Trafalgar Square in the heart of London was the venue for this year’s Japan Matsuri Festival. I was overwhelmed with the amount of people in attendance, last year there were 35,000 people but this year there were at least 70,000 people.
His Excellency Mr Keiichi Hayashi, Ambassador of Japan formally opened the 2012 Japan Matsuri, there were Spectacular performances from Taiko Drumming, music from Okinawa and Japanese dance from Tsugaru Shimisen and Violins from the British Suzuki Institute, Lolita Fashions from the Tea Party Club and Children from the Japanese School Tsubasa Children’s Choir, such talented performers.
I first went to Israel in 1972 to conduct a Gasshuku in the Kibbutz Tzora, "place of wasps,” the word Zorah is also the name of an Egyptian Sun God. The most bizarre thing is that as a young child I was attacked by a swarm of wasps.
Anyway back to my story. We enjoy the same thing every year and why not if it brings you happiness? I visit places such as burial grounds according to religious beliefs to receive spiritual guidance, as there are 46 doctrines.
The venue was the famous Okinawa Kenritsu Budokan in Naha, training started at 8am for 3rd – 7th Dan every day, then one hour with the Master for basics which included all grades, then there was group training for 3 hours, so a total of 5 hours.
We were also honoured to be given lectures by Aragaki Shuichi Sensei who was a direct student of Miyagi Chojun Bushi and the Sakiyama Sogen Roshi of Kozenji who also trained with Miyagi Chojun Bushi.
The world famous Higaonna Dojo in Naha, Okinawa is a short walk from the Asato station on the Okinawa Monorail (or Yui Rail). On an exterior wall visitors are greated with the following words:
The kanji next to the IOGKF kenkon reads "Okinawa Goju Ryu" followed by "Higaonna Karate Dojo" in larger print. The remaining text tells us that beginners and women are welcome for maintaining health. These simple words remind us not only that karate is for everyone but this martial art is for the purpose of looking after your body.
Thank you to Kumiko Akamine for the translation.
The OTGKA was asked to give a demonstration at this year's Okinawan Day held in Spitalfield's market, London. Please see this link for a great report of the event, including a brief history of the origins of karate.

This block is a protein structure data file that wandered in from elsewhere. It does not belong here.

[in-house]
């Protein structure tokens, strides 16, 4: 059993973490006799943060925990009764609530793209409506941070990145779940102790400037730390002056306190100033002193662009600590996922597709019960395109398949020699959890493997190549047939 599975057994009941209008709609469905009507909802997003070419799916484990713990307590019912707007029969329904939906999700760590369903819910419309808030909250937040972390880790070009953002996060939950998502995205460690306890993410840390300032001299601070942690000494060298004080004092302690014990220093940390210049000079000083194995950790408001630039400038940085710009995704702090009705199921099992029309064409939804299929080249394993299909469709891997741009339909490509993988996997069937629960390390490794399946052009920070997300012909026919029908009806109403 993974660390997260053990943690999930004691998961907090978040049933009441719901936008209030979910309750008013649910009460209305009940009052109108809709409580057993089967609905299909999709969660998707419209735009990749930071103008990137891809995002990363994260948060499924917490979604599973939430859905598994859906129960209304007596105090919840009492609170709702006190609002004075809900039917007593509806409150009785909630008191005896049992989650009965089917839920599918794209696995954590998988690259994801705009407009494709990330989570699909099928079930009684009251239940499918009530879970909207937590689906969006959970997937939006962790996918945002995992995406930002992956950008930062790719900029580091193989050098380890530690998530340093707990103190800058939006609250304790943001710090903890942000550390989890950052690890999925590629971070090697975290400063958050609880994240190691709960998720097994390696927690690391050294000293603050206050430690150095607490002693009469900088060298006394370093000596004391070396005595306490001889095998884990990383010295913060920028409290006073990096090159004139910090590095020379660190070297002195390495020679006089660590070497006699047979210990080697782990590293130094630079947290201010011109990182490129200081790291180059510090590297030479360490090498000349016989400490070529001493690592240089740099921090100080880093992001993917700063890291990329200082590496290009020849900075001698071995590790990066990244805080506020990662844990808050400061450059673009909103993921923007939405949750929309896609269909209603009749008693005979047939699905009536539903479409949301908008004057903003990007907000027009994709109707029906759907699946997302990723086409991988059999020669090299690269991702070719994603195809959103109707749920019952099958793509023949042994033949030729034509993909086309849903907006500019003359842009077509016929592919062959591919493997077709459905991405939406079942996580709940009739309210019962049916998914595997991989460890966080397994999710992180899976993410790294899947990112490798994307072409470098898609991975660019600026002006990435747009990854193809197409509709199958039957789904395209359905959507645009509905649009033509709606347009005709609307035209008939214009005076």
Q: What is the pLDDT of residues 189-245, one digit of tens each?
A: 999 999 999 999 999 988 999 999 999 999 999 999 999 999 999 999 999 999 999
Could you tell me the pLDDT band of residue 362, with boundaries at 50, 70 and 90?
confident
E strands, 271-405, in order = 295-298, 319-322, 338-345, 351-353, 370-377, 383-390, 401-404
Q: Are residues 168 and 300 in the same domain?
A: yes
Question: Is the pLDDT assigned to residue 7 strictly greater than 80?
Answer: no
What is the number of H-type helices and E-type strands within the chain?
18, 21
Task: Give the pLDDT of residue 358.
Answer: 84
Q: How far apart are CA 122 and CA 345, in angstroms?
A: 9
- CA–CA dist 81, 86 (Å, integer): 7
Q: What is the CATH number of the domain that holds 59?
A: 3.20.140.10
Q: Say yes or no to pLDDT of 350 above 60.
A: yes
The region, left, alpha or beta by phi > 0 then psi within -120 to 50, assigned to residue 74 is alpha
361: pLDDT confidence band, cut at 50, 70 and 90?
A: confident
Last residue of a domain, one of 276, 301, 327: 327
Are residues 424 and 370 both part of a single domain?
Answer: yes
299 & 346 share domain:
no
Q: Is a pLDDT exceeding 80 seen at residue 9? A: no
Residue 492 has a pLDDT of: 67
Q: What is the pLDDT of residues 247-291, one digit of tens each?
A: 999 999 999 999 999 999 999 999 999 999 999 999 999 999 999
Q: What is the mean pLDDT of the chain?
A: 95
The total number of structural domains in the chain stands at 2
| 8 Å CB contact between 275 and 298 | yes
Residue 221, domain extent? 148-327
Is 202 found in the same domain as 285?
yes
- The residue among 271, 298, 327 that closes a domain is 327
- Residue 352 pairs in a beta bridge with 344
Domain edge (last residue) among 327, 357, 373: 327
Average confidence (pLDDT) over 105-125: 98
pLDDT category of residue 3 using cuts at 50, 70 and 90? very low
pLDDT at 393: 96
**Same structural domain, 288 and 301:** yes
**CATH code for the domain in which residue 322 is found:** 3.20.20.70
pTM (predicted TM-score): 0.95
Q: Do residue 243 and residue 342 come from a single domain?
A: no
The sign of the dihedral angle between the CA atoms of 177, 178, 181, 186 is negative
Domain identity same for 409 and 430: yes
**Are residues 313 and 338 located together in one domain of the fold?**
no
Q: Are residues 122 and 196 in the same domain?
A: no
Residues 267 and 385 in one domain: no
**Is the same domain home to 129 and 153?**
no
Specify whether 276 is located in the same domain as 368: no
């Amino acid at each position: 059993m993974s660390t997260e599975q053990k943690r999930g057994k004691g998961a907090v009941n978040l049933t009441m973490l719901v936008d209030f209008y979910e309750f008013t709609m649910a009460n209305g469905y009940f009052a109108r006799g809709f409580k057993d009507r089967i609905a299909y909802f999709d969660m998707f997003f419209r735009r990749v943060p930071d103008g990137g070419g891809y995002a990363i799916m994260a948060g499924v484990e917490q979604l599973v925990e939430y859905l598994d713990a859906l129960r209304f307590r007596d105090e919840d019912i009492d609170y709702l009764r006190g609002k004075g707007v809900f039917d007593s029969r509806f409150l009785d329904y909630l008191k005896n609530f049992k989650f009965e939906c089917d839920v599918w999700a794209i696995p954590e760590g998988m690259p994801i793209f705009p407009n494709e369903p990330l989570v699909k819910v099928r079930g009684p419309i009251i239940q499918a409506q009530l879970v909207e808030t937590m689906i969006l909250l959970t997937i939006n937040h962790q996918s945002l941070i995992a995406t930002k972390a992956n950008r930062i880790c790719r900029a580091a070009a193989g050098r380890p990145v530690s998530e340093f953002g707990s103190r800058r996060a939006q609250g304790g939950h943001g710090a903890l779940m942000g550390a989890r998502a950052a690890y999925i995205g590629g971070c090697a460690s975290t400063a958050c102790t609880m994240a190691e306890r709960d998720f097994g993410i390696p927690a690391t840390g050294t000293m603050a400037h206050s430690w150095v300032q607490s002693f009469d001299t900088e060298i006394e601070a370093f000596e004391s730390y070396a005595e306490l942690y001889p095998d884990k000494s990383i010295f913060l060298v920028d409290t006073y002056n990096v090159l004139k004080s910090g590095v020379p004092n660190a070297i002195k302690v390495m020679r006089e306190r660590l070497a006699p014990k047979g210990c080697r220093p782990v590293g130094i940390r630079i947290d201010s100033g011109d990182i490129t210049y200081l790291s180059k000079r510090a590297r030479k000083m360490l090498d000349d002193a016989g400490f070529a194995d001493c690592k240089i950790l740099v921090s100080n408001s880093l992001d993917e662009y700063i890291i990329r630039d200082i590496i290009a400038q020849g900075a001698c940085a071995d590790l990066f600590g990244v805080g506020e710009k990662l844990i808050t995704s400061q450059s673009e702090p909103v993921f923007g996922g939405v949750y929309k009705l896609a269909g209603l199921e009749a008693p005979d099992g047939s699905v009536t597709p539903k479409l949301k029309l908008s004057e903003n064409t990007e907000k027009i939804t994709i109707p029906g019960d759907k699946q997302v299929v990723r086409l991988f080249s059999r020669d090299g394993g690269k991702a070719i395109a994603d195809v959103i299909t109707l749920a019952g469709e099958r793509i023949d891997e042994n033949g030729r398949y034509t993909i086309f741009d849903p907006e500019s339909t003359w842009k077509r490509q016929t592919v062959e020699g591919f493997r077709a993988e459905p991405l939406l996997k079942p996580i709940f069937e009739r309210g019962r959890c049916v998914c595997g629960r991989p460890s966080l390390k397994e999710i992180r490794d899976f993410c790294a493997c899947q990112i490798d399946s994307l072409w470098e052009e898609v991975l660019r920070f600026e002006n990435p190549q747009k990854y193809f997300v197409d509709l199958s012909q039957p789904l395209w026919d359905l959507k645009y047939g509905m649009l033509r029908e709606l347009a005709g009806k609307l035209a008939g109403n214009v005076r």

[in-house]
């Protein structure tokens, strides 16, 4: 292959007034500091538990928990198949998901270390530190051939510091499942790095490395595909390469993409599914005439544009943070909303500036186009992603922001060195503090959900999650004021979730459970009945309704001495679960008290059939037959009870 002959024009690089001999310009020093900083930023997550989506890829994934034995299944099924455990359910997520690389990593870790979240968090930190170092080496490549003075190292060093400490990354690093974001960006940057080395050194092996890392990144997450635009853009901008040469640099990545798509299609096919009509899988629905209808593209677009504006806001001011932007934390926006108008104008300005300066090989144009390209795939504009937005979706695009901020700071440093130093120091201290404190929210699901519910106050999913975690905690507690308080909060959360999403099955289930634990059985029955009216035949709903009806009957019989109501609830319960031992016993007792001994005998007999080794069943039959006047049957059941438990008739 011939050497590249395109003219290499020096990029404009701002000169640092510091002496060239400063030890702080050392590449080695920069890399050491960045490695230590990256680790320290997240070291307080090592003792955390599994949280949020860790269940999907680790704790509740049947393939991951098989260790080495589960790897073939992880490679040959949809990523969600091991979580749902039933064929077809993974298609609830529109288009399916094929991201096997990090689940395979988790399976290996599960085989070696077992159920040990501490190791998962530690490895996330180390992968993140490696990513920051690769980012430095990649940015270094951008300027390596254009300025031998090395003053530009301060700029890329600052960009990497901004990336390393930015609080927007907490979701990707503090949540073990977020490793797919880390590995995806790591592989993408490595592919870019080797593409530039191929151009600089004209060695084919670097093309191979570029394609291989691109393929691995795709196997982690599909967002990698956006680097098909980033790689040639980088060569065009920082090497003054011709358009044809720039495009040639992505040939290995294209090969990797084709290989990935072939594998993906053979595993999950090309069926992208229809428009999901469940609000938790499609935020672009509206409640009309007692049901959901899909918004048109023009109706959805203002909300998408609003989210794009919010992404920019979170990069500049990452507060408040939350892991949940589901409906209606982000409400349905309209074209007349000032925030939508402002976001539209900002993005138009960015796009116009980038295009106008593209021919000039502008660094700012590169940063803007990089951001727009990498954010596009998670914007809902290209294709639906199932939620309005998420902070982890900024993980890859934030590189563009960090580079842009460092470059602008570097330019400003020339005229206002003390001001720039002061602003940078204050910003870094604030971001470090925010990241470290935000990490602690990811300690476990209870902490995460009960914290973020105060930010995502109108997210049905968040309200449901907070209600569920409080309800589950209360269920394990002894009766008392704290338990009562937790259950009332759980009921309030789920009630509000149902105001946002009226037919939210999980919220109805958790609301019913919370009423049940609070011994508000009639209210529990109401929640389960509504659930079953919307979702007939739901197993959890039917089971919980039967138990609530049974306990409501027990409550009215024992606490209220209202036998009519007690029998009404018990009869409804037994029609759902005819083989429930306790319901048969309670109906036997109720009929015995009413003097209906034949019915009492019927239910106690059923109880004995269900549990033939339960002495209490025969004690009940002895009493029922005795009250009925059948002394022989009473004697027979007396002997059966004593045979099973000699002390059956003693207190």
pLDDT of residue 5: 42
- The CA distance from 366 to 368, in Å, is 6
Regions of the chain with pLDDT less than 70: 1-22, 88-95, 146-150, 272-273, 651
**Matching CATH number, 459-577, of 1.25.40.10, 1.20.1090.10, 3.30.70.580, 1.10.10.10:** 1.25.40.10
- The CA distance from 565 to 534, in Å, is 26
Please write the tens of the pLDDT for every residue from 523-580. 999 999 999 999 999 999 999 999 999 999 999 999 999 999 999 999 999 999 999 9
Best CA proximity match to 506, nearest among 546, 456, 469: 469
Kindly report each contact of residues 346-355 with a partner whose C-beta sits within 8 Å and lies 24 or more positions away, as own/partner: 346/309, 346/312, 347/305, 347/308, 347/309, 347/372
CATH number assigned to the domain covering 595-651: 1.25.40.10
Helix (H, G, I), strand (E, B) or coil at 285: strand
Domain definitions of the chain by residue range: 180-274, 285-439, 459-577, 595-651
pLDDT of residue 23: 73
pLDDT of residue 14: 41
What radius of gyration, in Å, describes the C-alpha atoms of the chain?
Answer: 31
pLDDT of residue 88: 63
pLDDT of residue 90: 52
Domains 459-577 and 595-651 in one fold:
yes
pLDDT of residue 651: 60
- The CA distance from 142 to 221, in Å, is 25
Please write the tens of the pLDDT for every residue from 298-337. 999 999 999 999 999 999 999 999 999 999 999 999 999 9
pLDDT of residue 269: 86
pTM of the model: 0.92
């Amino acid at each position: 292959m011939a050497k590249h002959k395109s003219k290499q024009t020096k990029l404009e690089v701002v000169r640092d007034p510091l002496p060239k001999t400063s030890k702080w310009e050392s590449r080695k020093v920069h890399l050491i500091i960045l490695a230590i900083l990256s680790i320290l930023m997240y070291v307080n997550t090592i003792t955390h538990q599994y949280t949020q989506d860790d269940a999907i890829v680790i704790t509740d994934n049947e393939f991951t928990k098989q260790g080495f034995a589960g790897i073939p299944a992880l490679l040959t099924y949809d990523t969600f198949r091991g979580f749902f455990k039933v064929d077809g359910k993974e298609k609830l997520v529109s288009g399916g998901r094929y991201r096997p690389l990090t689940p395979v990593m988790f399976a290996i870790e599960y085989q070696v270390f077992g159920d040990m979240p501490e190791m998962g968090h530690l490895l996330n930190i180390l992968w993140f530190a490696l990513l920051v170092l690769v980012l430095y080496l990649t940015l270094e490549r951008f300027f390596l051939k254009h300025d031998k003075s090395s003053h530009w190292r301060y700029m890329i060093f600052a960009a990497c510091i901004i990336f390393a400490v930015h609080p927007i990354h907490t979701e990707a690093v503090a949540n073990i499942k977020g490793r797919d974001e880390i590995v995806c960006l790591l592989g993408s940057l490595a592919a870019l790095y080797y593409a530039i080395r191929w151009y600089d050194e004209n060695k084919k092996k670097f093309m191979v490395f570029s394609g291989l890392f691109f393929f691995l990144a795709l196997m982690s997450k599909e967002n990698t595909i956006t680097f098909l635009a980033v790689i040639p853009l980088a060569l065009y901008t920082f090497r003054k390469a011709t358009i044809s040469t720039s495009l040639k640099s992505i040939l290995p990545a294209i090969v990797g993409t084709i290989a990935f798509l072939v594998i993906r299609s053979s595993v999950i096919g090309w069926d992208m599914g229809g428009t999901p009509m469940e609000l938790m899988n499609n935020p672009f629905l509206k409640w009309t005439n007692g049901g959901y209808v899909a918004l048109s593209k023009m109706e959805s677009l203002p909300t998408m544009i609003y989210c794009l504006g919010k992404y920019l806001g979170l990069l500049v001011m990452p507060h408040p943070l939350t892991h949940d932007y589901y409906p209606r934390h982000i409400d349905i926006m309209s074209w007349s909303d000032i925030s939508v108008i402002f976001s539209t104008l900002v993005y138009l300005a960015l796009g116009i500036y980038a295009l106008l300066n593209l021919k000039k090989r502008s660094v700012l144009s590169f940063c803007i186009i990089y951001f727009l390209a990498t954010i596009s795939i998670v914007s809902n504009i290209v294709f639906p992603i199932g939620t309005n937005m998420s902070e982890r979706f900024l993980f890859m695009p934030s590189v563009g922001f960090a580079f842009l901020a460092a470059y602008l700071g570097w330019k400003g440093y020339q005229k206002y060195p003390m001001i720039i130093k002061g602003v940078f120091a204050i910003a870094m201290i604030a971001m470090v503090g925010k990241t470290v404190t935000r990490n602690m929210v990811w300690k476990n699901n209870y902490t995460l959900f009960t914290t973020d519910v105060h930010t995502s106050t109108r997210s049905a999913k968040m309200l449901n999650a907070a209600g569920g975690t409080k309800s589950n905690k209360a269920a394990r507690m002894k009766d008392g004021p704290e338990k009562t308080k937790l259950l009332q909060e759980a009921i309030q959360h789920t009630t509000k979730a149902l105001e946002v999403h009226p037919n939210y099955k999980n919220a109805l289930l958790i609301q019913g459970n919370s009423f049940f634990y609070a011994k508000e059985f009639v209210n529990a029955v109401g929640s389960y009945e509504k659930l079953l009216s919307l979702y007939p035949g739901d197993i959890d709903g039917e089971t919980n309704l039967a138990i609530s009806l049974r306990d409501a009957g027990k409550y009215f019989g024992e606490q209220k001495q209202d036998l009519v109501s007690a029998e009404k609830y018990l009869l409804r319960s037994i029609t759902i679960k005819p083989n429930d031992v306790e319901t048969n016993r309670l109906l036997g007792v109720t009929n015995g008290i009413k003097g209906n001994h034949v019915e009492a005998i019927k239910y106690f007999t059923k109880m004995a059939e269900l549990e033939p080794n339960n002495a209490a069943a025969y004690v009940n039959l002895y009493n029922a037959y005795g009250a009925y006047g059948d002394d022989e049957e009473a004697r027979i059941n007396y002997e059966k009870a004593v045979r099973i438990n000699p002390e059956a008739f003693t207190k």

Thanks to Ali Muskett for sharing this video of Shisochin kata and the following photos:
More photos of the day are available on Flickr.
When practicing Tensho Kata you should think like the wind and the ocean, that you control their motions and destination with your hands and breathing. Guide them to a calm and tranquil being within the universe.
The opening of the hand signifies knowledge and wisdom, the circle motion back and forward represents the coming together of all people in harmony.
The upper palm strike represents the evolution of time.
The raising and lowering of the wrist and palm signifies the sun and the moon and their destiny.
The moving of both hands in unison signifies negative and positive coming to together creating the energy of life.
Moving the palms together up and over suggests the art of breathing is in and out. When you are born you breathe in and when your time comes, you breathe out.
Tora Guchi signifies the four seasons coming and going. Both palms extended up and down suggest Fearlessness, Compassion and Charity.
The last move to finish, which is hidden, suggests holding the jewel of life, which is Enlightenment, Satori or Nirvana.
The stance Sanchin represents the element of ether, communication with heaven and the silent Gods.
This Kata is alien to most human beings; however the deity seems to be at home with this discipline, understanding the different mudras that this Kata depicts.
On a Buddhist rosary there are 108 beads, 105 eulogize and 3 doctrine, it seems to elude the superficial explorer and will only recognise the truth.
As to the universe, it shows the past, present and the future. We have seen the deity of the past and we now see the deity of the present. We must wait to see the deity of the future.
I look forward in heaven, to looking down on earth and seeing whose destiny is chosen for the future.
Photo courtesy of Dylan MacMaster
Course Report from Martin and Louise Stockley, Cambridge
On a sunny Friday 25th May we boarded the Eurostar at London’s St Pancras station and 2 hours later we arrived in Brussels. We were met by Fréderic Lantreibecq, who whisked us out to our hotel on the outskirts of the city. Sensei Marc Sanglier and his wife Els had done an excellent job organising this first Gasshuku in Brussels and after a brief rest at the hotel we were driven to the training venue by Alex Gherschon, another one of our very welcoming hosts.
Chief Instructor OTGKA